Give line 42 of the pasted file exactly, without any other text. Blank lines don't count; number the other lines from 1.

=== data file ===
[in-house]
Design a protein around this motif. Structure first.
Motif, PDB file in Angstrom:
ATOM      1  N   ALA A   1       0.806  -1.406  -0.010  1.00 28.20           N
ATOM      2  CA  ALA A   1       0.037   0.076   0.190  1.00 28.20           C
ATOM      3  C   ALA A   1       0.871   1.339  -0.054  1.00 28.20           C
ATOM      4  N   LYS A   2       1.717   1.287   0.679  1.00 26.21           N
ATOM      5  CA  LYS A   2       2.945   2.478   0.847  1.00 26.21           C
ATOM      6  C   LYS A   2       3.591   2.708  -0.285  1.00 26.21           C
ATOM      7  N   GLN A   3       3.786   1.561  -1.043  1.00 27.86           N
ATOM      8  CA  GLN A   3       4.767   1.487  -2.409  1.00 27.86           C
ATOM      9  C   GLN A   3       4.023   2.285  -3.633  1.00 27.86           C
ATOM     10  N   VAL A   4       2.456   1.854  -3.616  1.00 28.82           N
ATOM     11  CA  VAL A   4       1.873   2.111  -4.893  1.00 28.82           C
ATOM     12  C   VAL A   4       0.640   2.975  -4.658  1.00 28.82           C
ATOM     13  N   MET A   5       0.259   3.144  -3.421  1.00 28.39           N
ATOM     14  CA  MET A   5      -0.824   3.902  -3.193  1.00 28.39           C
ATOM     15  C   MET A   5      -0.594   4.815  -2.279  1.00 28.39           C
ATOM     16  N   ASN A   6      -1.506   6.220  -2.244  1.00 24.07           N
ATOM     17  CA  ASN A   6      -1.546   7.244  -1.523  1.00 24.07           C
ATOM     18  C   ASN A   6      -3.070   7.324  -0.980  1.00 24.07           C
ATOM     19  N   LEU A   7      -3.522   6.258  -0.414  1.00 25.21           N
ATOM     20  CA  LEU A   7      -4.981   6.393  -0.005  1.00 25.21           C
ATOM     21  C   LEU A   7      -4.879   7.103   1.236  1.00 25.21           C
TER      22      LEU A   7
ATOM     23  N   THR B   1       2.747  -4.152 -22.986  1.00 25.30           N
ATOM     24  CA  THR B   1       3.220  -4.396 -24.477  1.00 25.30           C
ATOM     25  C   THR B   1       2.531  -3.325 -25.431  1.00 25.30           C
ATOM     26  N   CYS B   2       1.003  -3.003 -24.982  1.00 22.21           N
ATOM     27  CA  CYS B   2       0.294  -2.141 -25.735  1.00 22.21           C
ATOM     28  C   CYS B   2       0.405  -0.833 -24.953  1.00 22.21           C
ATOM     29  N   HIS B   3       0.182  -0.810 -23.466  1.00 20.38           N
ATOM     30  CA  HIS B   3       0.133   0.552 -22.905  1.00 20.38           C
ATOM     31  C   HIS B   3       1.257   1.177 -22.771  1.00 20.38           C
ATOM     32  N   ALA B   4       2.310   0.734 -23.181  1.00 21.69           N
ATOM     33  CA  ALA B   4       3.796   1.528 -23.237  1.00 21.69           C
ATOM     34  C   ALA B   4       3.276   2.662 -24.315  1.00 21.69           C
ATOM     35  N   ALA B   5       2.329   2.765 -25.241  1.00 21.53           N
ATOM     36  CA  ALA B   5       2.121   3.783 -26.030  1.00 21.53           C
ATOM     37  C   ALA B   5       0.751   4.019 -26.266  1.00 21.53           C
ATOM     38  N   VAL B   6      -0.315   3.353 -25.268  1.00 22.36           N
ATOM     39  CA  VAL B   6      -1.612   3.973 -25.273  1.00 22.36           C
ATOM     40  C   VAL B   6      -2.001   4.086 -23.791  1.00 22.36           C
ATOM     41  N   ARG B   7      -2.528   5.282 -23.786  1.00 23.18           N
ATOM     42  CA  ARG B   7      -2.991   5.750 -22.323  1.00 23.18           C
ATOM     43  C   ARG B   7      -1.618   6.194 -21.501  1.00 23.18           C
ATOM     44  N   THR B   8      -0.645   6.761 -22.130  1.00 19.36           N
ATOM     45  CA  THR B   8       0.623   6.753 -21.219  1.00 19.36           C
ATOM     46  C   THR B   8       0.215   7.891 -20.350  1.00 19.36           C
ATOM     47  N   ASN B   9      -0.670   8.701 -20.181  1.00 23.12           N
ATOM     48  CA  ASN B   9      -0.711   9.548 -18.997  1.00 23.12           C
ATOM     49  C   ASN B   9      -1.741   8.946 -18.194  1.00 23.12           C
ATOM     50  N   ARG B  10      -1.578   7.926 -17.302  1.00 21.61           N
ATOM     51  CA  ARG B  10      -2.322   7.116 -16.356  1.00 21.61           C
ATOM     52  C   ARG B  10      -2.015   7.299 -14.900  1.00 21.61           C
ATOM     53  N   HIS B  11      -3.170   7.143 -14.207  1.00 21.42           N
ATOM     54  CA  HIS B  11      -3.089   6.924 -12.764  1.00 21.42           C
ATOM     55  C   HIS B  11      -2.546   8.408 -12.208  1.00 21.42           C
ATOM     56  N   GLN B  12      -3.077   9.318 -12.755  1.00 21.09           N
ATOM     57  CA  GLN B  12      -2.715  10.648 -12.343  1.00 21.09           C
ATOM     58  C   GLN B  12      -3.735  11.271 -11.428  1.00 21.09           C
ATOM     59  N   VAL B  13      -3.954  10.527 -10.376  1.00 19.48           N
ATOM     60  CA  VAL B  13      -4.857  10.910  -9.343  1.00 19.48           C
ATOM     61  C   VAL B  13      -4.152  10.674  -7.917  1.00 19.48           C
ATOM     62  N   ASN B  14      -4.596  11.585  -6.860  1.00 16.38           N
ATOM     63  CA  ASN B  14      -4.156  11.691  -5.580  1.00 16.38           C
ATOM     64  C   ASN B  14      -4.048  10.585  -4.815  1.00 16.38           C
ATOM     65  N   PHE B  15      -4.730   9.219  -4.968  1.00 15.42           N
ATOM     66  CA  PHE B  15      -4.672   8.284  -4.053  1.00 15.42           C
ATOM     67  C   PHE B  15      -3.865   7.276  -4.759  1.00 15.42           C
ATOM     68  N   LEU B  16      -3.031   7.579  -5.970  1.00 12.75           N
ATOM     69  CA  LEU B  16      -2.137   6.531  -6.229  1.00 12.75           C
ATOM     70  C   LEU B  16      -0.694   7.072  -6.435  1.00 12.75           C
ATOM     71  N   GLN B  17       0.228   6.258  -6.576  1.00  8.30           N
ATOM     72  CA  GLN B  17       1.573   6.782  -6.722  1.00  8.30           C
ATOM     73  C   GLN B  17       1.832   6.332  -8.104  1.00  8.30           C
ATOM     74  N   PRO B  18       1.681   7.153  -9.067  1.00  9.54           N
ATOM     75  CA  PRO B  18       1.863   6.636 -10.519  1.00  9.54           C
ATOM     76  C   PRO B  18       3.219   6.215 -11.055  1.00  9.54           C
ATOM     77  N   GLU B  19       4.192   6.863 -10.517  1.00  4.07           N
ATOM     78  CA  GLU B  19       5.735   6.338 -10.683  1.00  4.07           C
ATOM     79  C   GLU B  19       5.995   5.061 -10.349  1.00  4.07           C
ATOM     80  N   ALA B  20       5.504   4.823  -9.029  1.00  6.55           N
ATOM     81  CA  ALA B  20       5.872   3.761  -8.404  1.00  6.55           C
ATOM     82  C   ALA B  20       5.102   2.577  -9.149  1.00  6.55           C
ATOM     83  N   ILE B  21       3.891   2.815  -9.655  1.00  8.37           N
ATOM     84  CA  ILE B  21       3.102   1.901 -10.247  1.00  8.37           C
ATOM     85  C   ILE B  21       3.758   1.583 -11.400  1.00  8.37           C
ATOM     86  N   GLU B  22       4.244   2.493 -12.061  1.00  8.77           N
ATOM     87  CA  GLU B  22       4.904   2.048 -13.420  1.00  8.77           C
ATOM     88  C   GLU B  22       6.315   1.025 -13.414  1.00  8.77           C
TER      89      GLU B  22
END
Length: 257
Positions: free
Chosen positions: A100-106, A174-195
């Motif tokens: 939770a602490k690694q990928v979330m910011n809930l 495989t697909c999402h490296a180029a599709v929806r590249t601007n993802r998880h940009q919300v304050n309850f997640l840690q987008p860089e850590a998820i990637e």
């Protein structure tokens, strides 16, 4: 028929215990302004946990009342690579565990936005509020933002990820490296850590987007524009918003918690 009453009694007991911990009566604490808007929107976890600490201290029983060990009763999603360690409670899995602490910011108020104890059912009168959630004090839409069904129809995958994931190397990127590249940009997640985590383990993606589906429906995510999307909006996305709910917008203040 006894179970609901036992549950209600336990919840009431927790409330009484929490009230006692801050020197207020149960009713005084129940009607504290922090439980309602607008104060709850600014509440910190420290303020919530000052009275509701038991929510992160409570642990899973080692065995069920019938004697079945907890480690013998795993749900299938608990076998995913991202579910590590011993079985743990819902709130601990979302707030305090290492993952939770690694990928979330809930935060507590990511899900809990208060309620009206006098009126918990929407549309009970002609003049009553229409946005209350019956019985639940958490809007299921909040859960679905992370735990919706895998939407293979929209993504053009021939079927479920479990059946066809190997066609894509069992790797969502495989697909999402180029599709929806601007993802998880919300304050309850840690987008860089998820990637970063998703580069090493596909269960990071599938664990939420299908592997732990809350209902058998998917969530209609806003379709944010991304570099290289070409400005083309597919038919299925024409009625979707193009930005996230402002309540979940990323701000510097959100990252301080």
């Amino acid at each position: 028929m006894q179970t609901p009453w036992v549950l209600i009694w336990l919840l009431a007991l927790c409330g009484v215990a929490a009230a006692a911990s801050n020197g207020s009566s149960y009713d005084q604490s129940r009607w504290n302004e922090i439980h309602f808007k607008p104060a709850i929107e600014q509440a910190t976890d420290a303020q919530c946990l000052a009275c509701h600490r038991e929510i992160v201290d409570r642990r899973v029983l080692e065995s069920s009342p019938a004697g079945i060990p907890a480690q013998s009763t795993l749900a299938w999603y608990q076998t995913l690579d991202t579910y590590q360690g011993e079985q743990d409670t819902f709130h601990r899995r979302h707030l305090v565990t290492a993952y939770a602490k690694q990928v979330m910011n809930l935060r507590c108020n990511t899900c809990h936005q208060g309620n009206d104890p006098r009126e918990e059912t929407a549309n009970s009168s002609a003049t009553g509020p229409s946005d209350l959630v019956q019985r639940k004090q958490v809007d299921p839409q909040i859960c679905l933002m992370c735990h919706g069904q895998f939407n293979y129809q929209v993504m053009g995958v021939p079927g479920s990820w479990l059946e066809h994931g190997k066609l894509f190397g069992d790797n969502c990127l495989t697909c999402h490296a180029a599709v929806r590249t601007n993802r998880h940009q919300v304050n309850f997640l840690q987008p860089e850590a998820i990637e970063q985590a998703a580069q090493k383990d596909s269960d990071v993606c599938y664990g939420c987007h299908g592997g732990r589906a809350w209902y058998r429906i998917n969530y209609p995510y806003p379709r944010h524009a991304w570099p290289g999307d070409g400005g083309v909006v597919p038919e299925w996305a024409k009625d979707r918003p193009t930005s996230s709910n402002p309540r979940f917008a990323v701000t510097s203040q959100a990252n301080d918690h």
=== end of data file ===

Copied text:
ATOM     39  CA  VAL B   6      -1.612   3.973 -25.273  1.00 22.36           C